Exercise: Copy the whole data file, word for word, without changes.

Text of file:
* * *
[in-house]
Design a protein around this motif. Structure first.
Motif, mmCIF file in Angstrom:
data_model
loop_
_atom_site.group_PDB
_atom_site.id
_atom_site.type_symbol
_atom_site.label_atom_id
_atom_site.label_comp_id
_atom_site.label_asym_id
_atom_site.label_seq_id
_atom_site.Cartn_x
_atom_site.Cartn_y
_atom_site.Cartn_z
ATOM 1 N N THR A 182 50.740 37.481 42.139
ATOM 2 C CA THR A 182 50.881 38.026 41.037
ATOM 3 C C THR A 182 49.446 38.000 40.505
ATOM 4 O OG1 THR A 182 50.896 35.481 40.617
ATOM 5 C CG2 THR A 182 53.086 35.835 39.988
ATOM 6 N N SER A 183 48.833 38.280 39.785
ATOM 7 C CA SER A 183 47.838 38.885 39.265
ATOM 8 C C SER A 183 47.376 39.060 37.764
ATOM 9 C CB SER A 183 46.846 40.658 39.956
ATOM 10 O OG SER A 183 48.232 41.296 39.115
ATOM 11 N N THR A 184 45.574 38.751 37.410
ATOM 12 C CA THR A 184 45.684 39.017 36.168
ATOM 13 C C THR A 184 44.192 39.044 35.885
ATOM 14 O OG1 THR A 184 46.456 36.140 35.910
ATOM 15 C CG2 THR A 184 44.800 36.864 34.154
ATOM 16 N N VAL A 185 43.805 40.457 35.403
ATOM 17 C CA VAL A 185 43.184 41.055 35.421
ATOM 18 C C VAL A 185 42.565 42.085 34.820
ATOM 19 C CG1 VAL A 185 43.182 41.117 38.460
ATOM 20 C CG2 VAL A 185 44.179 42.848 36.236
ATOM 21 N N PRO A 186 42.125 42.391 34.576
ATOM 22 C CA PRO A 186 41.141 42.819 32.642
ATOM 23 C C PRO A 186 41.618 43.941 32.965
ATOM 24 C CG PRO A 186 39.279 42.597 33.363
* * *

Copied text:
[in-house]
Design a protein around this motif. Structure first.
Motif, mmCIF file in Angstrom:
data_model
loop_
_atom_site.group_PDB
_atom_site.id
_atom_site.type_symbol
_atom_site.label_atom_id
_atom_site.label_comp_id
_atom_site.label_asym_id
_atom_site.label_seq_id
_atom_site.Cartn_x
_atom_site.Cartn_y
_atom_site.Cartn_z
ATOM 1 N N THR A 182 50.740 37.481 42.139
ATOM 2 C CA THR A 182 50.881 38.026 41.037
ATOM 3 C C THR A 182 49.446 38.000 40.505
ATOM 4 O OG1 THR A 182 50.896 35.481 40.617
ATOM 5 C CG2 THR A 182 53.086 35.835 39.988
ATOM 6 N N SER A 183 48.833 38.280 39.785
ATOM 7 C CA SER A 183 47.838 38.885 39.265
ATOM 8 C C SER A 183 47.376 39.060 37.764
ATOM 9 C CB SER A 183 46.846 40.658 39.956
ATOM 10 O OG SER A 183 48.232 41.296 39.115
ATOM 11 N N THR A 184 45.574 38.751 37.410
ATOM 12 C CA THR A 184 45.684 39.017 36.168
ATOM 13 C C THR A 184 44.192 39.044 35.885
ATOM 14 O OG1 THR A 184 46.456 36.140 35.910
ATOM 15 C CG2 THR A 184 44.800 36.864 34.154
ATOM 16 N N VAL A 185 43.805 40.457 35.403
ATOM 17 C CA VAL A 185 43.184 41.055 35.421
ATOM 18 C C VAL A 185 42.565 42.085 34.820
ATOM 19 C CG1 VAL A 185 43.182 41.117 38.460
ATOM 20 C CG2 VAL A 185 44.179 42.848 36.236
ATOM 21 N N PRO A 186 42.125 42.391 34.576
ATOM 22 C CA PRO A 186 41.141 42.819 32.642
ATOM 23 C C PRO A 186 41.618 43.941 32.965
ATOM 24 C CG PRO A 186 39.279 42.597 33.363